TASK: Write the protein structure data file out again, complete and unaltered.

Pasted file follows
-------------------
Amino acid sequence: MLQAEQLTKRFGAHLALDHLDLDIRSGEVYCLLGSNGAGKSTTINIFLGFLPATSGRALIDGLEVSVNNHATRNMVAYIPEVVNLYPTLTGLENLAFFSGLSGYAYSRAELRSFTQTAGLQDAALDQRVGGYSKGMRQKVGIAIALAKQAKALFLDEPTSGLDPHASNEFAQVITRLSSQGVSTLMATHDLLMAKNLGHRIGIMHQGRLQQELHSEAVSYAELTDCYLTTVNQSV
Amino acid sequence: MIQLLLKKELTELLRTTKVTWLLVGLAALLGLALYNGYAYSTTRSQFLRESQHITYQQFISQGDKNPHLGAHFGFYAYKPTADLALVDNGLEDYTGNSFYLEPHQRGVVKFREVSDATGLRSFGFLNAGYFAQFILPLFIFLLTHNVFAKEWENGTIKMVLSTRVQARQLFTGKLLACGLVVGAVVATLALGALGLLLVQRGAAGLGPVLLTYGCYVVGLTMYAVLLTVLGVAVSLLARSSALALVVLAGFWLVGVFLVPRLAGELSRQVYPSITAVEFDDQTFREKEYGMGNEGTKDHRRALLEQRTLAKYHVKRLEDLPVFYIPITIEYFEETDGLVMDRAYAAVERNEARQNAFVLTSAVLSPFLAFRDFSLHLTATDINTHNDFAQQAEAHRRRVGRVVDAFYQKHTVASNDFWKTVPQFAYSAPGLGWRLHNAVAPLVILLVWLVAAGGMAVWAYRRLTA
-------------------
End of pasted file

Amino acid sequence: MLQAEQLTKRFGAHLALDHLDLDIRSGEVYCLLGSNGAGKSTTINIFLGFLPATSGRALIDGLEVSVNNHATRNMVAYIPEVVNLYPTLTGLENLAFFSGLSGYAYSRAELRSFTQTAGLQDAALDQRVGGYSKGMRQKVGIAIALAKQAKALFLDEPTSGLDPHASNEFAQVITRLSSQGVSTLMATHDLLMAKNLGHRIGIMHQGRLQQELHSEAVSYAELTDCYLTTVNQSV
Amino acid sequence: MIQLLLKKELTELLRTTKVTWLLVGLAALLGLALYNGYAYSTTRSQFLRESQHITYQQFISQGDKNPHLGAHFGFYAYKPTADLALVDNGLEDYTGNSFYLEPHQRGVVKFREVSDATGLRSFGFLNAGYFAQFILPLFIFLLTHNVFAKEWENGTIKMVLSTRVQARQLFTGKLLACGLVVGAVVATLALGALGLLLVQRGAAGLGPVLLTYGCYVVGLTMYAVLLTVLGVAVSLLARSSALALVVLAGFWLVGVFLVPRLAGELSRQVYPSITAVEFDDQTFREKEYGMGNEGTKDHRRALLEQRTLAKYHVKRLEDLPVFYIPITIEYFEETDGLVMDRAYAAVERNEARQNAFVLTSAVLSPFLAFRDFSLHLTATDINTHNDFAQQAEAHRRRVGRVVDAFYQKHTVASNDFWKTVPQFAYSAPGLGWRLHNAVAPLVILLVWLVAAGGMAVWAYRRLTA